Fans pack Grand Opera House for Allman show

pramati@macon.comJanuary 14, 2014 

When Gregg Allman performed last month at the Grand Opera House, tickets sold out in about 30 minutes.

It made the decision for a second show in Macon something of a no-brainer. But this time around, Allman’s fans were a tad slower in getting the tickets: It took about 35 minutes for a sellout, officials said.

An enthusiastic 1,030 fans of the singer, who co-founded The Allman Brothers Band more than 40 years ago in Macon and helped create the new genre of Southern Rock, packed into the Grand Opera House on Tuesday night to listen to such classics as “Statesboro Blues” and “I’m No Angel.”

Allman’s son Devon, himself a longtime musician, served as the opening act for his father.

Some fans traveled a long distance to see Allman. David Walker, a native of Calgary, Alberta, in Canada, was in Atlanta for business and managed to get a ticket.

“I love (The Allman Brothers). I grew up with Gregg,” said Walker, who lists “I’m No Angel” as his favorite Allman song. “I called my wife when I got the ticket. She’s a teacher and she said, ‘You sound like my kids. You’re 50!’ ’’

Renee Jamison grew up in Germany and became a fan of the band after moving to Macon.

“I love his music. I paid $200 for a ticket,” she said. “When I came here, I fell in love with Macon. The music history here is really amazing.”

Tuesday’s show was made a little extra special by the fact that a film crew shot the entire concert, which will be released as a live album CD and concert film DVD, likely in 2015, according to Allman’s management.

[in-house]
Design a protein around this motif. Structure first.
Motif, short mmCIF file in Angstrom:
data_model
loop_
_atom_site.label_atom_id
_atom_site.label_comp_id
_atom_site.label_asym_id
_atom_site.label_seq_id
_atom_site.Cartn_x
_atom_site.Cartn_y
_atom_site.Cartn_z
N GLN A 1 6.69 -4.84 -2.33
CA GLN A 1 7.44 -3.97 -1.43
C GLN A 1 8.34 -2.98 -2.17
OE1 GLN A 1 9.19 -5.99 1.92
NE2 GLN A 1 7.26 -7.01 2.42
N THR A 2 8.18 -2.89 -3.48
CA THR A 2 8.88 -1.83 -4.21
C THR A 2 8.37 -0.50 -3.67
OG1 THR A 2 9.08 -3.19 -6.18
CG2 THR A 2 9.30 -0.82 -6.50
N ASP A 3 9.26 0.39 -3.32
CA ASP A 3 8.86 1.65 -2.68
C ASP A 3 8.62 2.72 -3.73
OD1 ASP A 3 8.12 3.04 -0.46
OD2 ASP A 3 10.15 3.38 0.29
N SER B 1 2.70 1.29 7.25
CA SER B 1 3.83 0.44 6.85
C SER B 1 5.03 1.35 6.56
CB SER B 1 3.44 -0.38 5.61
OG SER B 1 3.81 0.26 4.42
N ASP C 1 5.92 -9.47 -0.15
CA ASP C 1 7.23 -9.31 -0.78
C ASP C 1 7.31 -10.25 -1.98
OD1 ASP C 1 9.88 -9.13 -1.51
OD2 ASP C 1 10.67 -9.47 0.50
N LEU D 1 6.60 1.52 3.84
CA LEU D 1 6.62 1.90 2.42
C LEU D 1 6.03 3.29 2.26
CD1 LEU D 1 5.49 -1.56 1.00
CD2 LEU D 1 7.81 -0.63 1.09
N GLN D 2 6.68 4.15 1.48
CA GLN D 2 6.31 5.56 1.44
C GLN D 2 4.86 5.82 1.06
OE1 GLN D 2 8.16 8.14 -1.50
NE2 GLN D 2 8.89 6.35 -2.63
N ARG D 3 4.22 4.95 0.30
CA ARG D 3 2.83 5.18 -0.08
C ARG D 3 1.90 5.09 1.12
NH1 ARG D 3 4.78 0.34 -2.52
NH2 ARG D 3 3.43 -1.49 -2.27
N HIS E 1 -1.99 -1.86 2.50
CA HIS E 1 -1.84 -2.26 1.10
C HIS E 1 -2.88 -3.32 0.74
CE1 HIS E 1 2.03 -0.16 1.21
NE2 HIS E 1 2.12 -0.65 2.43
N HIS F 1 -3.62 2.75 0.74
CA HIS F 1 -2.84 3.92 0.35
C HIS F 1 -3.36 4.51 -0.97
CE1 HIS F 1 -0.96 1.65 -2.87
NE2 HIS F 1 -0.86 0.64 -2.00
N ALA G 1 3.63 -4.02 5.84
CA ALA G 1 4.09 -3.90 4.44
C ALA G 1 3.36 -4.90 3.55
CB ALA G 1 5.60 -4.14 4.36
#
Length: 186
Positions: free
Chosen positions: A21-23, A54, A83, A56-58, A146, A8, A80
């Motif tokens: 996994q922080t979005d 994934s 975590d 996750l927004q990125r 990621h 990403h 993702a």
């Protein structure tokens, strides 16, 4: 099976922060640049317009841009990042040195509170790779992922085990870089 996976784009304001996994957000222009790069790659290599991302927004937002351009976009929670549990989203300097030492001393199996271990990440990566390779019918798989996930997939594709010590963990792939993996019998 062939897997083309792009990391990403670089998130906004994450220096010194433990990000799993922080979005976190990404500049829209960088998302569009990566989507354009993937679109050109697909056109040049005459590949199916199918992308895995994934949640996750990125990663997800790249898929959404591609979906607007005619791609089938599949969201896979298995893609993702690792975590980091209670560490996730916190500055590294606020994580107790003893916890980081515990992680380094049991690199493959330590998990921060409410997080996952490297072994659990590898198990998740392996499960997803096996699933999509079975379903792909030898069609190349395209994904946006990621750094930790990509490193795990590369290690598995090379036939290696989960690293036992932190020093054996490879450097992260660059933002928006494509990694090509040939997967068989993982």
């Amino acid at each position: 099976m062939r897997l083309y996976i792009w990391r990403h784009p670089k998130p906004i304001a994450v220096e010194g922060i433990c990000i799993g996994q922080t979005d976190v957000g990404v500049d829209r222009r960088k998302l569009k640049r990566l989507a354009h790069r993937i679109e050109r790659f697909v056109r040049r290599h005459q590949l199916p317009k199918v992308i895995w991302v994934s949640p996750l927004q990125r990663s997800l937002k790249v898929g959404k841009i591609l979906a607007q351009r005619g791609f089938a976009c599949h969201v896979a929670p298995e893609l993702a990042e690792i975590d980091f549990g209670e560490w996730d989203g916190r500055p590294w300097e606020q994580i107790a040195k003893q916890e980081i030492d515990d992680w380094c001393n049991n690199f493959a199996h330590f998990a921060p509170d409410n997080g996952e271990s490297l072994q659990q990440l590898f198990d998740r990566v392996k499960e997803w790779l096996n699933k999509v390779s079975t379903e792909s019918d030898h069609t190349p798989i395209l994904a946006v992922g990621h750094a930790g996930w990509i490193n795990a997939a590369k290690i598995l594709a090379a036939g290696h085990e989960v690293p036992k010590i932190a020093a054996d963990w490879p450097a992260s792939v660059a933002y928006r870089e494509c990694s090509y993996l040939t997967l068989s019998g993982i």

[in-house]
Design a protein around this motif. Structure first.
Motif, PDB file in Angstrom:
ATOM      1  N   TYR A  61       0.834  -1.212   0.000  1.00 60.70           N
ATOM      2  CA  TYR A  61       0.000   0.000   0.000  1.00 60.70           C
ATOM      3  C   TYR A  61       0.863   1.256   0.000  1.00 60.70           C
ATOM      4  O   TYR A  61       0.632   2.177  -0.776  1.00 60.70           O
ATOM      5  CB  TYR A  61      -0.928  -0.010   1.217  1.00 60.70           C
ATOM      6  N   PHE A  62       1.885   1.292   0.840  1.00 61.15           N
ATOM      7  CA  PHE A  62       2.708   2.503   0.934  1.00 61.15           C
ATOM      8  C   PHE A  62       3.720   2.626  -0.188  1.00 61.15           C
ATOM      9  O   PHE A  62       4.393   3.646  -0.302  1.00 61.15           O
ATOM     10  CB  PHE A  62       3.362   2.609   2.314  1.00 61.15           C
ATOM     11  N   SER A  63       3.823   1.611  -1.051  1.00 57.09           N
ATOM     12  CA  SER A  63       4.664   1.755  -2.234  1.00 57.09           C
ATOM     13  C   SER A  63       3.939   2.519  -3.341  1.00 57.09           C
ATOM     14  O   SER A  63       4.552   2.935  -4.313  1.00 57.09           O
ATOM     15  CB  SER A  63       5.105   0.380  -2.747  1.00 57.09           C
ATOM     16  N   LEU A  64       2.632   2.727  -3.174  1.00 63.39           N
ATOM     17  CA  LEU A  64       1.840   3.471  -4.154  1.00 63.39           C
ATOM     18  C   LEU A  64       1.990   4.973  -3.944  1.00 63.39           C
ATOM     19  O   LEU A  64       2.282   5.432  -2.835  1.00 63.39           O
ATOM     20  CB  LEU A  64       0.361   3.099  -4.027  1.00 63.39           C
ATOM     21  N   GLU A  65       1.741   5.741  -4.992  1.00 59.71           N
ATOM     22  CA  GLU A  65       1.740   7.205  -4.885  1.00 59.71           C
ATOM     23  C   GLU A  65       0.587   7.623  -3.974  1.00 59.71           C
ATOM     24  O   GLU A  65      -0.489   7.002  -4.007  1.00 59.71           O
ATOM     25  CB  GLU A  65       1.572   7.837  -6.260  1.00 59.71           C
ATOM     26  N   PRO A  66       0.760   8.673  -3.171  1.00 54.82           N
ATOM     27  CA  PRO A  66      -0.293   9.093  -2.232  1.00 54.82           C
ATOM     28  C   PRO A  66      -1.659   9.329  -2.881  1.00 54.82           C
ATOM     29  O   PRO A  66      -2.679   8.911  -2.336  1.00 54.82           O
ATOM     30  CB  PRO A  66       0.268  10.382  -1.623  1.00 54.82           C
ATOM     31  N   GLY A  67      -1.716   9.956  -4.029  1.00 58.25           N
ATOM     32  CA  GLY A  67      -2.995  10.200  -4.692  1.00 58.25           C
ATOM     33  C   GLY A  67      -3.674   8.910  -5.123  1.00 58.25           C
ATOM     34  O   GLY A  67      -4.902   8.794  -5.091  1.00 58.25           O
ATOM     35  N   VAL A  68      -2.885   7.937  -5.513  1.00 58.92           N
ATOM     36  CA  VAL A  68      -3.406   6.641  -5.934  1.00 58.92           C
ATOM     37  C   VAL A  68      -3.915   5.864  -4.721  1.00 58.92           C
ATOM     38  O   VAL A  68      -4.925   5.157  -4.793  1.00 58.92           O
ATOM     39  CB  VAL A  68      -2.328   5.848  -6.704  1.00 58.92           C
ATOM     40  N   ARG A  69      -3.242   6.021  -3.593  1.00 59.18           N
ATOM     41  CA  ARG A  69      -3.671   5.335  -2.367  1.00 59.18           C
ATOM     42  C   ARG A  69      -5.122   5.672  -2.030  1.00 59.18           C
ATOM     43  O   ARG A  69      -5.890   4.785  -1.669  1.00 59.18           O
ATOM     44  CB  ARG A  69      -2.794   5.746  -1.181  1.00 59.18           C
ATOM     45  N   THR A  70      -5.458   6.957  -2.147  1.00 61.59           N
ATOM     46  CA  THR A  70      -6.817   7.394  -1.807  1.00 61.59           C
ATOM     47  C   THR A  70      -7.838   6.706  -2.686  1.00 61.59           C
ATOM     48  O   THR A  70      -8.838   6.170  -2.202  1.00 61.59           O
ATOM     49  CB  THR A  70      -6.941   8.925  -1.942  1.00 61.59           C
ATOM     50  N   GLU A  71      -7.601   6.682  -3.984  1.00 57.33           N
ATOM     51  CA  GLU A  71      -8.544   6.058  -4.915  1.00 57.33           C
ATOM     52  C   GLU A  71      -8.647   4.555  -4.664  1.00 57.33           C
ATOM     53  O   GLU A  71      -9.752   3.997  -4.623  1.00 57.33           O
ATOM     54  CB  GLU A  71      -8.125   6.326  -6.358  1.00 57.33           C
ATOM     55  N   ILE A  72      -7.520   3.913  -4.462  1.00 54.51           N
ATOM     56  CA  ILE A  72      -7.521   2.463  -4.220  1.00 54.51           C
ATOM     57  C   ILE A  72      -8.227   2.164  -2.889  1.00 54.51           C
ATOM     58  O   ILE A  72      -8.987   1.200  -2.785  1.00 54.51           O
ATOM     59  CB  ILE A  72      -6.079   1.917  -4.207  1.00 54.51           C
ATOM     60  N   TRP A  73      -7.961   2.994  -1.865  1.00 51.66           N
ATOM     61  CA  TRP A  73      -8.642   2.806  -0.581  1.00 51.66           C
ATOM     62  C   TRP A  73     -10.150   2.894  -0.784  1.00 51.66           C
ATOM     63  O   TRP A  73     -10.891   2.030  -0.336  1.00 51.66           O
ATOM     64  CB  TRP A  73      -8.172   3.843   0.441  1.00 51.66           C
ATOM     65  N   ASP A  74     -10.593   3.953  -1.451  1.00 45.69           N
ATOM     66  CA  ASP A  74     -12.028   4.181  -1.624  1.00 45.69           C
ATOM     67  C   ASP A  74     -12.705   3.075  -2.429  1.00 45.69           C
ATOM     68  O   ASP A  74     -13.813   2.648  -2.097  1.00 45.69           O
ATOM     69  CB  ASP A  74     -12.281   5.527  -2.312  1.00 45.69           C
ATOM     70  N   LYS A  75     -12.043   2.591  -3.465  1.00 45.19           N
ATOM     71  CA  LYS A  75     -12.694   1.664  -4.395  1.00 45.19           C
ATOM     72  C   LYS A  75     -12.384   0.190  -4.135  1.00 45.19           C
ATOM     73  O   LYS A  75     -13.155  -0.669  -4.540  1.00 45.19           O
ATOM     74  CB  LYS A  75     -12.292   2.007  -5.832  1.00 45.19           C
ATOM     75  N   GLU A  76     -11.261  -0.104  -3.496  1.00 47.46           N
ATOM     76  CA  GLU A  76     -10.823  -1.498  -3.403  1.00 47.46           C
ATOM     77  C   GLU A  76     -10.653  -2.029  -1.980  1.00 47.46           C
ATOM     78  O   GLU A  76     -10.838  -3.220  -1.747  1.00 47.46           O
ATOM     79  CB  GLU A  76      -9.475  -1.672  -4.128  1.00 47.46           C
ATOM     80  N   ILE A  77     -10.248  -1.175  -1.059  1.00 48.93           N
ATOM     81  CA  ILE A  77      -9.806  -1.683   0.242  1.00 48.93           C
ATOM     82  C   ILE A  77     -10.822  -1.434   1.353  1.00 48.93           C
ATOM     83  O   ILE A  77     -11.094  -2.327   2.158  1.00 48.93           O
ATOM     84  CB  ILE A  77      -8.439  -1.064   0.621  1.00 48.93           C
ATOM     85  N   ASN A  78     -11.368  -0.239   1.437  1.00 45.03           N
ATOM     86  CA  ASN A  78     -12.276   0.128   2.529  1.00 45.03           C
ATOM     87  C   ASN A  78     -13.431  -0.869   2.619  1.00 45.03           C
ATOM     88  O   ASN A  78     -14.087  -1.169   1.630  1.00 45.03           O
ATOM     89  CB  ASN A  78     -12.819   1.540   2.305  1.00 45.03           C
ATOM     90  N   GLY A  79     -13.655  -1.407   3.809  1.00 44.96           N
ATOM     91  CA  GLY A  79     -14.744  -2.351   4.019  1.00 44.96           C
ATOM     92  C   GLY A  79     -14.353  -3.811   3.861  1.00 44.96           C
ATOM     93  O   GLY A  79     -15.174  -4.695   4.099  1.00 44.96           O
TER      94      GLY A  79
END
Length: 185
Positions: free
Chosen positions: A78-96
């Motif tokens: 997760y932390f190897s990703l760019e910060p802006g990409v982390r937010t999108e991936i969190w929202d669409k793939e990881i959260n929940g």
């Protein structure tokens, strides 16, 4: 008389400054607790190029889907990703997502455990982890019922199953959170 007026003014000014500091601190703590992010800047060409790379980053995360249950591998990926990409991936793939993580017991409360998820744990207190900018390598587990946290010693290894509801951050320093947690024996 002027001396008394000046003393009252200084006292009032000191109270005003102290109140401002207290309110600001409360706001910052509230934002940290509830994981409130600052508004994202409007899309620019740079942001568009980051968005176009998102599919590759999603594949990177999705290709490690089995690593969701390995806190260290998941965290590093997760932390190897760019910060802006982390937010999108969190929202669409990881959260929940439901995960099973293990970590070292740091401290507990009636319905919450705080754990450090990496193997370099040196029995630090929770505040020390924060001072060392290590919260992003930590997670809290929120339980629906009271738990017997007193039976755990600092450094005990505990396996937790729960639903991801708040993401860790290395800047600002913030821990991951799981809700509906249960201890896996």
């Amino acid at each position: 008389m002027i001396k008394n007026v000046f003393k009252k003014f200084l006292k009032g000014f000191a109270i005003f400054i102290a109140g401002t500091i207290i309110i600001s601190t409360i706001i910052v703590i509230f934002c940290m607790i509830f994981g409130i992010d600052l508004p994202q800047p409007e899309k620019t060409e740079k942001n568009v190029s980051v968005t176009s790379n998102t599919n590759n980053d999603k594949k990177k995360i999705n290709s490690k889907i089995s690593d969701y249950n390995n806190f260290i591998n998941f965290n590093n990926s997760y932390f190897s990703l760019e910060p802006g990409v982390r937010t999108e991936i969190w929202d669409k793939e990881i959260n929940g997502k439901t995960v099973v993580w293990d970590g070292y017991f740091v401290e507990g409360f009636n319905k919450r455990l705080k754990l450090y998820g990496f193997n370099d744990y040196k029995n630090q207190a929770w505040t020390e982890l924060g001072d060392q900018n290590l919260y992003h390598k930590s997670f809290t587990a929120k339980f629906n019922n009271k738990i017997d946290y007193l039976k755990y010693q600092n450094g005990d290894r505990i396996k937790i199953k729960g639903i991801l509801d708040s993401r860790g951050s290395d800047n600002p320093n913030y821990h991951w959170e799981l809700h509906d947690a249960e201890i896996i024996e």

In addition to filming the concert, the crew also shot segments in Macon that played a key role in The Allman Brothers Band’s early years, such as Rose Hill Cemetery and H&H Restaurant, officials said. The cemetery is where members of the band hung out and wrote songs, as well as the final resting place for the late band members Berry Oakley and Duane Allman, Gregg’s brother.

The restaurant is where members of the band often ate for free, courtesy of Mama Louise Hudson, before they achieved stardom and were struggling musicians.

The film crew also spent some time at The Big House Museum, located in the house that served as the band’s de facto headquarters in the early 1970s.

In addition to the concert film, Allman also is the subject of an upcoming biopic, “Midnight Rider,” based on his autobiography, “My Cross to Bear.” Principal photography for the movie, starring Academy Award winner William Hurt, is set to commence next month in Savannah.

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